Alexandria's founded by Alexander

Alexandria's founded by Alexander the Great (by year BC): 334 Alexandria in Troia (Turkey) - 333 Alexandria at Issus/Alexandrette (Iskenderun, Turkey) - 332 Alexandria of Caria/by the Latmos (Alinda, Turkey) - 331 Alexandria Mygdoniae - 331 Alexandria (Egypt) - 330 Alexandria in Areia (Herat, Afghanistan) - 330 Alexandria of the Prophthasia/in Dragiana/Phrada (Farah, Afghanistan) - 330 Alexandria in Arachosia (Kandahar, Afghanistan) - 330 Alexandria in Caucasus (Begram, Afghanistan) - 329 Alexandria of the Paropanisades (Ghazni, Afghanistan) - 329 Alexandria Eschate or Ultima (Khodjend, Tajikistan) - 329 Alexandria on the Oxus (Ai-Khanoum OR Termez, Afghanistan) - 328 Alexandria in Margiana (Merv, Turkmenistan) - 326 Alexandria Nicaea (on the Hydaspes, India) - 326 Alexandria Bucephala (on the Hydaspes, India) - 325 Alexandria Sogdia - 325 Alexandria Rambacia (Bela, Pakistan) - 325 Alexandria Oreitide - 325 Alexandria in Opiene (confluence of Indus & Acesines, India) - 325 Alexandria on the Indus - 325 Alexandria Xylinepolis (Patala, India) - 325 Alexandria in Carminia (Gulashkird, Iran) - 324 Alexandria-on-the-Tigris/Antiochia-in-Susiana/Charax (Spasinou Charax on the Tigris, Iraq) - ?Alexandria of Carmahle? (Kahnu)

Monday, October 16, 2017

Alinda, the refuge fortress of Queen Ada of Caria

From 545 BC onwards, Caria was part of the Persian Achaemenid Empire and as such was ruled by a satrap (governor). The most famous of them was Mausolus, who proclaimed Halicarnassus as his new capital – clearly a man with ambition and great visions. Mausolos married his sister Artemisia as was customary, and when he died childless in 353 BC, she continued ruling until her death. The power went to Artemisia’s younger brother, Idreus who had married his younger sister Ada. She ruled after her brother/husband died also. But there was still another younger brother, Pixodarus who hungered for the title of satrap and befriended the Persians. He expelled the widowed Ada from Halicarnassus and she sought and found refuge in her stronghold of Alinda, further inland.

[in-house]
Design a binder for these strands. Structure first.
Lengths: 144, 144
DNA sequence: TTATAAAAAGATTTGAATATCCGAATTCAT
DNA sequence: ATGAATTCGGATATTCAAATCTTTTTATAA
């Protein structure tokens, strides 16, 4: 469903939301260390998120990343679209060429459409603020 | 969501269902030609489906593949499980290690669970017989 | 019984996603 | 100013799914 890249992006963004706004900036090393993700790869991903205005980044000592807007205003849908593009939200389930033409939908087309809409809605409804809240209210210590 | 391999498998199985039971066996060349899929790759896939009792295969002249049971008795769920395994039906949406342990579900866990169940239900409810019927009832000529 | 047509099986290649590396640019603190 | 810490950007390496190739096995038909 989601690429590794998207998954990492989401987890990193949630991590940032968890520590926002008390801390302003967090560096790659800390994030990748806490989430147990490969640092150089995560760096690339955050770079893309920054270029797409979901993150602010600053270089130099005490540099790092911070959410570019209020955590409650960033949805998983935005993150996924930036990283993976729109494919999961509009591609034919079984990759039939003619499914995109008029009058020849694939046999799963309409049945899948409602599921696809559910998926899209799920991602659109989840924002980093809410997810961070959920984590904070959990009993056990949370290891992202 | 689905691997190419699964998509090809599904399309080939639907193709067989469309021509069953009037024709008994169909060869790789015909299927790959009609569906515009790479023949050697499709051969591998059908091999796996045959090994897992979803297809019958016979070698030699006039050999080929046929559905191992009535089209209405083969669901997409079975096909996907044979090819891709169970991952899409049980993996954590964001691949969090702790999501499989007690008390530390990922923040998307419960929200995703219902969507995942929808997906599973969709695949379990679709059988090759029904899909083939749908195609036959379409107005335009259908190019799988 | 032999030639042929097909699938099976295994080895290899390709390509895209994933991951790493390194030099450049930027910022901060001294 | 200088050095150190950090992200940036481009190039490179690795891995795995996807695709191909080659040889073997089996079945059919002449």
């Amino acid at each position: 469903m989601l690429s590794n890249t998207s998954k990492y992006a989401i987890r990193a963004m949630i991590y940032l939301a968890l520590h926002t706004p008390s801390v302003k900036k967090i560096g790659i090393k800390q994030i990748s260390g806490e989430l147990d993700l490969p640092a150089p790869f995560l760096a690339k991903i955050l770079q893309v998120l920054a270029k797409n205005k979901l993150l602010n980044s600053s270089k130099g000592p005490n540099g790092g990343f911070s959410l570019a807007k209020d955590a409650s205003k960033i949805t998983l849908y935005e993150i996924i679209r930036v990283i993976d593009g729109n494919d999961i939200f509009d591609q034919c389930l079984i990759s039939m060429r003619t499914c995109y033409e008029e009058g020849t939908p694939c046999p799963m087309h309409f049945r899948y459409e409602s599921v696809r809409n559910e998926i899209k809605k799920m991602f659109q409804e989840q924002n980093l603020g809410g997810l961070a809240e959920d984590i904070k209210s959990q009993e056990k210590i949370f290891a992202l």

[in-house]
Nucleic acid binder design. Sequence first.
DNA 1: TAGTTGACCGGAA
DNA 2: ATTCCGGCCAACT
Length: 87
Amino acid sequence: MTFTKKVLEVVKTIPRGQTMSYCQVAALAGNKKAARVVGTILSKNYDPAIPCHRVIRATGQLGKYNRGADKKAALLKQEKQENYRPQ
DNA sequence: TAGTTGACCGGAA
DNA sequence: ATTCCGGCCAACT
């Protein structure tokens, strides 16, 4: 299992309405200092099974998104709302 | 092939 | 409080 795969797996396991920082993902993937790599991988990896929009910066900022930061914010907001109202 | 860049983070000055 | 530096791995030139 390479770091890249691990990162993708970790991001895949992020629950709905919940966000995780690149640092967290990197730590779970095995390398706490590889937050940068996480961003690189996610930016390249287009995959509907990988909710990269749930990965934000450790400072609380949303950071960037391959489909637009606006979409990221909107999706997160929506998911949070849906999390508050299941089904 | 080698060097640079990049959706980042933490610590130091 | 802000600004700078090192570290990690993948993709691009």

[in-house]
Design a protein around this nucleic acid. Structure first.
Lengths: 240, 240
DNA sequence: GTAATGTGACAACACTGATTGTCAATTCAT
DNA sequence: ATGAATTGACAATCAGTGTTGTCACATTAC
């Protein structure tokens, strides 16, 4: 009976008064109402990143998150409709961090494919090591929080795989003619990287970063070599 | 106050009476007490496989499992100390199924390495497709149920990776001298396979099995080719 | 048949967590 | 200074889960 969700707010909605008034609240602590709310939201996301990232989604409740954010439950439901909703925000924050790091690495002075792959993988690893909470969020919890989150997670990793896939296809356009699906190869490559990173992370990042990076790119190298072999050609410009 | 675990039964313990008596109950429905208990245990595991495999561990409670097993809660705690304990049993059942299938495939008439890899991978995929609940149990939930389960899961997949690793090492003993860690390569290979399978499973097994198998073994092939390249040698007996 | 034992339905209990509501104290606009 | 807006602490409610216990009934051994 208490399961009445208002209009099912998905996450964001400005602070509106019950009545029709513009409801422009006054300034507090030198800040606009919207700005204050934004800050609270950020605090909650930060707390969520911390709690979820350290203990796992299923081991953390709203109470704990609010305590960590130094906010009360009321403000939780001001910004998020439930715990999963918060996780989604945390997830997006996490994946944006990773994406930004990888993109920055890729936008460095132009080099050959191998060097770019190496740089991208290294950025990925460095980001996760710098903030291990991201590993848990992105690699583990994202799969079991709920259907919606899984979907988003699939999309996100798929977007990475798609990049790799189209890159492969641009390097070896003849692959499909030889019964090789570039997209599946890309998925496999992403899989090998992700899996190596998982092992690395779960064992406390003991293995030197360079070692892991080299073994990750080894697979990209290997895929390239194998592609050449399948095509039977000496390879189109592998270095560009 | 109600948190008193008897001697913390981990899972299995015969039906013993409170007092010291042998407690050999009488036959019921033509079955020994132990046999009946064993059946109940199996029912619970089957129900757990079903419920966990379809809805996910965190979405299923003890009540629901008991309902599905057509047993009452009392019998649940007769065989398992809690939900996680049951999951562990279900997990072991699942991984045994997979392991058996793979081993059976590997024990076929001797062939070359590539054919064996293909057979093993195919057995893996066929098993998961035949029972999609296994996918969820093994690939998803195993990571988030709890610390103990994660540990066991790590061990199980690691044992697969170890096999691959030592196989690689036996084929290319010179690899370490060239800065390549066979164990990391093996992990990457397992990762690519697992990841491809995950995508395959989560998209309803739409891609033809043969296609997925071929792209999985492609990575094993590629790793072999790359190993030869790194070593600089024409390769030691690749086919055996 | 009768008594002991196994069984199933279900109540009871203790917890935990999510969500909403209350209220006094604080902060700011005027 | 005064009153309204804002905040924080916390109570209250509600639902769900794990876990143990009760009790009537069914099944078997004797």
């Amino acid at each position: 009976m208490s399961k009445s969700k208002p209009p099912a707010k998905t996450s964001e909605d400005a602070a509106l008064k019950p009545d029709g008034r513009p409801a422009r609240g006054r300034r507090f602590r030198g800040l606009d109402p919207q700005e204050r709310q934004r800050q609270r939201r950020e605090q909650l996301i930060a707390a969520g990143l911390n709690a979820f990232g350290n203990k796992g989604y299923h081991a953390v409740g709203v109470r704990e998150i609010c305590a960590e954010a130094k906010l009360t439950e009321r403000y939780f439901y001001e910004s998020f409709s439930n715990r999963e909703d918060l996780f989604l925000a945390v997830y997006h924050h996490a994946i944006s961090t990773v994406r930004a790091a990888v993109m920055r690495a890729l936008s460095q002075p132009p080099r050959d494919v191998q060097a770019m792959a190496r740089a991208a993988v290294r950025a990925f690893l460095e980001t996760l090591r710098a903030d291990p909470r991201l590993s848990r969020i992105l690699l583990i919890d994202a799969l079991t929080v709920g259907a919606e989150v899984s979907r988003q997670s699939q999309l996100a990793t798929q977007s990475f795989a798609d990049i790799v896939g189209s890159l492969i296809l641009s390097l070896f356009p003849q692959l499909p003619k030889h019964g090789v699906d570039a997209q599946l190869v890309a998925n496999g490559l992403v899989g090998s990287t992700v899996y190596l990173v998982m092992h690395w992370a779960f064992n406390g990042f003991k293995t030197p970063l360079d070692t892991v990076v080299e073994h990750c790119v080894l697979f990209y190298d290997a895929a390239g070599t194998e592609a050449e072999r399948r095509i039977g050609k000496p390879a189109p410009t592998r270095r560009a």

Queen Ada managed to keep her independence in her fortress of Alinda but on Alexander’s approach in 334 BC, she decided to offer her surrender to the new conqueror and to adopt him as her own son – much to Alexander’s delight, no doubt. Alexander generously trusted Caria to Queen Ada who ruled over her country once again, except for the military affairs that were in the hands of a Macedonian garrison. She probably died in 323 BC, the same year as Alexander the Great.

Driving up to Alinda, it is quite clear that this is a very strategic location and the city’s defence walls running down into the fertile valley are there to prove it. The first constructions that welcome today’s visitor as he drives up from Karpuzulu are the remains of a Roman aqueduct with four arches still intact and a handful of scattered Carian sarcophagi. The heavily shattered and overgrown Roman theatre from the 2nd century BC lies on the other side of the hill, just above the impressive market building. This is probably the best testimony of Alinda’s importance and was three storeys high. The highest level touches the agora measuring 30x30 meters.

It seems Alinda, as capital of Caria died together with Queen Ada as it was the last stronghold of the Carians. However, the city did not lose its importance entirely for Antiochus III established a garrison there in the mid-3rd century BC but lost it to the Romans in the early 2nd century BC.

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